Today, elite marketing involves having a wide variety of marketing tools and abilities at your fingertips. The more adept you are at using each one, and choosing the best strategy for the situation, the better.
That said, specialization is valuable. If you try to master every single aspect of marketing, you’ll get bogged down without ever becoming elite. Since you’re already working with social media and SEO, for example, digital marketing is a logical focus for you. That’s a very broad category in itself! You can narrow it down further as your career moves forward.
Staying on the cutting edge of SEO is absolutely an elite marketing skill. Since Google’s rules are always changing, the more you can stay ahead of the curve, the more marketable your skills will be. To prove your chops, consider getting relevant certifications, like the Google Ads certification or the Hootsuite Social Marketing Training.
Another of the most important, and often overlooked, elite marketing skills is to be able to support your strategies with data. Do you know how to test your marketing attempts to see if they’re working? Can you support your results with hard statistics? The best marketing concepts mean next to nothing without metrics. Work on skills like ROI tracking, and testing and organizing data, to really set yourself above the competition.
Focus on all things paid advertising (media buying). Plenty of agencies, high-end startups and big brands (taking their paid advertising in-house). Neither SEOs nor social media community managers make a lot of money and the career growth ceiling on those is pretty low.
Start with SEM (most massive and will give you a good overall performance marketing basis). If you learn SEM it'll be easy to learn anything else (Paid Social, Display, etc.). Once you master media buying, learn analytics and data science, product managment, project management, learn how to work with engineering. That's what a senior level to senior exec or C level digital marketing professional has to know nowadays and that's where your big buck is ;).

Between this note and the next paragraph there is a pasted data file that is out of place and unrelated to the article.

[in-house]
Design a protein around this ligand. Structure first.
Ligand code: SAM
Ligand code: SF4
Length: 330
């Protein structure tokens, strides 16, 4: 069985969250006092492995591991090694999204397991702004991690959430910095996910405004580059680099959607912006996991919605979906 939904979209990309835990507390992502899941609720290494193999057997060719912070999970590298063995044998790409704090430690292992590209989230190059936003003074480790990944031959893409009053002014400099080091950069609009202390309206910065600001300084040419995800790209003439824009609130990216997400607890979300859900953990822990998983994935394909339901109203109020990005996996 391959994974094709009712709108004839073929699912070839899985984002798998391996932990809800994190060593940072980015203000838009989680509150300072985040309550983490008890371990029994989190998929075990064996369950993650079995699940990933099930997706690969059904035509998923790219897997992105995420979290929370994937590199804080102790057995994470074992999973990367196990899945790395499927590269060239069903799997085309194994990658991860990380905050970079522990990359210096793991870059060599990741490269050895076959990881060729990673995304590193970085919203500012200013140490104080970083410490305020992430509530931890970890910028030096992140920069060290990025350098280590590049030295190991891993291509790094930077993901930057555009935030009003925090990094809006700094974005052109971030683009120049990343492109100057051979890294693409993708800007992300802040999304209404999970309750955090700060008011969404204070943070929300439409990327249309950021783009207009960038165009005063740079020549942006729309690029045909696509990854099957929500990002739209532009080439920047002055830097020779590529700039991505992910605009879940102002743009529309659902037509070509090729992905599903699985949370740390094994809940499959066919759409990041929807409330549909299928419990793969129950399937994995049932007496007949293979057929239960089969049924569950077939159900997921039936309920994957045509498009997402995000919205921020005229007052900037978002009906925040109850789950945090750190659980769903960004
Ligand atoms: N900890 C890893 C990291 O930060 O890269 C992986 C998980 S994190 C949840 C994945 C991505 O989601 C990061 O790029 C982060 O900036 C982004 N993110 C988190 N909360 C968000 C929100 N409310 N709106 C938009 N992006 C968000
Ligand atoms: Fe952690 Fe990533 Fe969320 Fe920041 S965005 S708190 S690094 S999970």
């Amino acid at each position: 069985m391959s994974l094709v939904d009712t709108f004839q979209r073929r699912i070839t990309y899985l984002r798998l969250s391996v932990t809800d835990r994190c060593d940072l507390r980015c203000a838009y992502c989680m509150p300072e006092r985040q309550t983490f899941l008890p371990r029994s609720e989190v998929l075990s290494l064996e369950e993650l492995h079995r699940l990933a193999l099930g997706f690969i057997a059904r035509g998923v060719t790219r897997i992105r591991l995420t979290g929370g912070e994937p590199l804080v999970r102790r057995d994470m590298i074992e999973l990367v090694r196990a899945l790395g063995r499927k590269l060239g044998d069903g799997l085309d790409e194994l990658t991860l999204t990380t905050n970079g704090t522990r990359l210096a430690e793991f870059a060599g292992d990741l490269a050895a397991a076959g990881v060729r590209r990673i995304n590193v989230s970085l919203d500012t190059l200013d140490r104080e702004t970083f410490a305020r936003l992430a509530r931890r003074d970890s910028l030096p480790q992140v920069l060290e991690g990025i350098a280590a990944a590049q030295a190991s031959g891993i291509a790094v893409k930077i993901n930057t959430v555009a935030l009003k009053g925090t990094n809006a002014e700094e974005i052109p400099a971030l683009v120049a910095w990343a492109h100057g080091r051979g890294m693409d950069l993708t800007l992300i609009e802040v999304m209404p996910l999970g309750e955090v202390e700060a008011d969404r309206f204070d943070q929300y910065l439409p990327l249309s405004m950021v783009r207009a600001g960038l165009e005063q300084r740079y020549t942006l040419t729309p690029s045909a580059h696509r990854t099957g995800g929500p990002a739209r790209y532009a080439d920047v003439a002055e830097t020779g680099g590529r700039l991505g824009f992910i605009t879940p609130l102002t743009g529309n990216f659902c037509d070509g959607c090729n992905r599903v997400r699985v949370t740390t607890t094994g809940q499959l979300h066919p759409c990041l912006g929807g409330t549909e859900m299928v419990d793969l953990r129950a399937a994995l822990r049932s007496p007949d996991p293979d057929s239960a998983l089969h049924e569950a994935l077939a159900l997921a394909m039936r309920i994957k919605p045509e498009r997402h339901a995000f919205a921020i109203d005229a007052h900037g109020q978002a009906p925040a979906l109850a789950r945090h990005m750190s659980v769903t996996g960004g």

I dont think you're going to make big bucks fast, even in this field, unless you just started hourly consulting at a high rate. And even then, you've got to go find people willing to pay you that.
You need to build a personal value proposition. I.e. Why would I hire you rather than someone else for _____________?
With that being said, there are two sets of skill sets you need to get there.
First... I agree on specialization. You need to focus on become a master at something. Jasper, for example, reads I believe an hour or more each day on his subject of mastery.
Achieving mastery level in anything usually means a lot of memorized case study knowledge, your own case study experiences (lots and lots of data basically...) and then NUANCE. Nuance is what makes a master a master. I know this not just from my digital marketing specific mastery, but also mastery in martial arts. It's the little things that command 80% of the difference in certain situations... and the only way you discover that is from a) finding people that already know it and are willing to share, and / or b) from your own experience. Usually it's a combination.
For example... even though martial arts is something I do on the side, and as a nonprofit community service cause, I pay a very high hourly rate to get all the first-hand secrets from a Korean that himself has dedicated his entire life to it, has the success to show it, both competitively and commercially, and is called on constantly academically to return to his country and lecture on the university level (there is a PhD in my martial art available...). I have years and years of my own experience, yes, but I combine that with his.
So that means the same thing for what you want to focus on.
Second... you need to learn how to manage people, their egos and their situations.
If they don't like you, none of your mastery matters. They have to like you if they are going to trust their stuff to you.
In other words, you need to learn to market yourself and to have good communication skills.
Part of that, too, is being and staying relevant, being able to find value to add in less than ideal situations, knowing how your mastery has to interweave and work with the other digital disciplines... so as much as you want to hole up and focus... you still have to know a little code, a little SEO, a little what not to help support your mastery in whatever it is digitally. This includes knowing some MS Excel, understanding KPIs, which ones matter, and basic scientific method.
Knowing tools helps and all, but that to me is table stakes.